Nevermind that women live in bodies that are often confusing. We ache, we hurt, we feel emotions we don’t always understand. We bleed and want. But women just live with these things for the most part. I know I don’t give them too much thought. It’s just part of my daily life.

I thought about these things while reading the gorgeous collection of Emily Carroll’s stories, Through the Woods (Margaret K. McElderry Books, 2014). It’s not that all of these stories are about these specific issues, but even in the more horrific stories, there’s an undercurrent of this just being what life is like.

The five stories here (plus an introduction and a conclusion) take us deep into the world Carroll has created. It’s one part Shirley Jackson, one part Grimm’s fairy tales, one part Junji Ito, but so much more. Part of Carroll’s gift is how she transforms her influences into something completely new. In Carroll’s world, everywhere is haunted; everything means you harm.

Much of Carroll’s power is in what goes unseen. In the first story, “Our Neighbor’s House,” the protagonist narrates her sisters seeing a mysterious stranger before they each disappear, leaving her alone to face what’s to come. There’s no overt horror in this tale, but the tension is in the waiting, in the inevitable fate of our narrator. Carroll does creeping dread like no one else working in comics.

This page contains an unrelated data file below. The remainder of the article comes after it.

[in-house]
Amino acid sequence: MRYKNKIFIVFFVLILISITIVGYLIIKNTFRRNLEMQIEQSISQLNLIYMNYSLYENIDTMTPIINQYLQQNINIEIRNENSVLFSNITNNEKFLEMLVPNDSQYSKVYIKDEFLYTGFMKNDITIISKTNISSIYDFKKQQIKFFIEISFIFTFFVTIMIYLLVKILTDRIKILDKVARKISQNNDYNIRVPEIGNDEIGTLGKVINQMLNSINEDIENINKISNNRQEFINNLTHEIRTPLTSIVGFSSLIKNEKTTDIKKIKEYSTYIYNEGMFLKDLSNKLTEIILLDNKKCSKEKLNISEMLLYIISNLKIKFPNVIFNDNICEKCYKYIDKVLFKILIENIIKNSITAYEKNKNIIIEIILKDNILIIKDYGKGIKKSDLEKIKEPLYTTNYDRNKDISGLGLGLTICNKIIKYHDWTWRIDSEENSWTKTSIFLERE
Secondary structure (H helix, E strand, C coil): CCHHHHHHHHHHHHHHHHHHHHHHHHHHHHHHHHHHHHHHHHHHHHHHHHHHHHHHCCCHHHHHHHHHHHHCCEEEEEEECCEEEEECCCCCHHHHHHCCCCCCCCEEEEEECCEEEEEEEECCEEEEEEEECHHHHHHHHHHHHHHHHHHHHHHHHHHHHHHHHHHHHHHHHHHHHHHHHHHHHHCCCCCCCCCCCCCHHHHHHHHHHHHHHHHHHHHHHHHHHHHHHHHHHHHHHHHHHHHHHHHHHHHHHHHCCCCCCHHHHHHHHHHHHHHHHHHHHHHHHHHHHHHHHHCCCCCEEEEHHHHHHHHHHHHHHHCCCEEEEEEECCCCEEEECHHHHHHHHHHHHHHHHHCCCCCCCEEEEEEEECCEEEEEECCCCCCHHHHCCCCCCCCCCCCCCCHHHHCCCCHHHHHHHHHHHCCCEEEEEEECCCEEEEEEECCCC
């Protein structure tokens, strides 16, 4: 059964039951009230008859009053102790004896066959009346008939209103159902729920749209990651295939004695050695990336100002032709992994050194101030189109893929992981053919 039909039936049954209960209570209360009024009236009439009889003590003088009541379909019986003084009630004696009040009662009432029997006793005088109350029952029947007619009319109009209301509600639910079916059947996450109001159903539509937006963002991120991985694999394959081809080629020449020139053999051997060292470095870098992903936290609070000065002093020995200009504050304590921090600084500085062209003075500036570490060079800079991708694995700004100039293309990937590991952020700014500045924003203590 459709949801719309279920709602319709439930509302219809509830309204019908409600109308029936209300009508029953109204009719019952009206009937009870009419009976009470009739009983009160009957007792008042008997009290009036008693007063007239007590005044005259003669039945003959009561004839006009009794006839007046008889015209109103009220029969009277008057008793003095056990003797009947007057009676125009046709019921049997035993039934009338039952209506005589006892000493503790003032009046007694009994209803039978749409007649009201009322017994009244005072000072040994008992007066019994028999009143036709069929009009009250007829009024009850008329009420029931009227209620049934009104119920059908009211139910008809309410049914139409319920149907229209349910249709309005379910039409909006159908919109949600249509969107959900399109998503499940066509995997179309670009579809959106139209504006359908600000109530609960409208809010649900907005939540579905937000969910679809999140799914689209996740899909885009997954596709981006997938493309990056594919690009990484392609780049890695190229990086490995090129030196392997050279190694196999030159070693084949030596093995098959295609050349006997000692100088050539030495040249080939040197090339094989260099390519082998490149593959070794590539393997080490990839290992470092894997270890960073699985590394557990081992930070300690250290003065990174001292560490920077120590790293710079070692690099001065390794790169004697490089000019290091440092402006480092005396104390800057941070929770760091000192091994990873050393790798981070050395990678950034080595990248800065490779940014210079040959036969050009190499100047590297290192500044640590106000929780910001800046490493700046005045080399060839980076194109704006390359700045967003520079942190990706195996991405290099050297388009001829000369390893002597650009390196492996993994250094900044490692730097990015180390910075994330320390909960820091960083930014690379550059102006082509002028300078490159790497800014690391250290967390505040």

But when Carroll wants to show us actual horror, she’s unafraid, and her visions are as beautiful as they are terrifying.

In the elegantly paced “A Lady’s Hands Are Cold,” her twisting page layouts, poetic language and art saturated with bright blues and crimson reds lead the reader down a frightening path that turns in unexpected places. In the book’s final story, “The Nesting Place,” the quiet distress builds to outright horror. While Mabel’s distrust of her brother’s fiancée never feels out of place, the reveal feels both shocking and earned.

Carroll never feels like she’s pushing her metaphors about women’s bodies and lives being in control of forces outside themselves. The subtly of how she conveys her themes is skillful and lovely. Bottom line, these are all just wonderfully scary horror stories. That there is some subtext just feels like a bonus.

If you’ve read Carroll’s work online, you know she enjoys playing with form and format. Her layout switch wildly to suit her stories — unconstrained and open one moment, quiet and formal the next. Her unique style seems to be influenced by everything — children’s books illustrations, manga, indie and European comics, animation, video game artwork — but she filters it into a singular vision. It feels hauntingly familiar but also foreign, much like a nightmare.

The design of Through the Woods is also incredible. The full-bleed pages are engrossing and the glossy paper shows off the pure black and rich, vivid colors. It translates the power of Carroll’s online work into book format perfectly.

Emily Carroll is a comics creator people are going to study generations from now. She’s that good. Through the Woods is a masterpiece collection of comics. And I hope it’s only the first one of many.

Copy of Through the Woods provided by Big Planet Comics. Carroll is also one of Small Press Expo‘s special guests, so come tell her how awesome she is Sept. 13-14.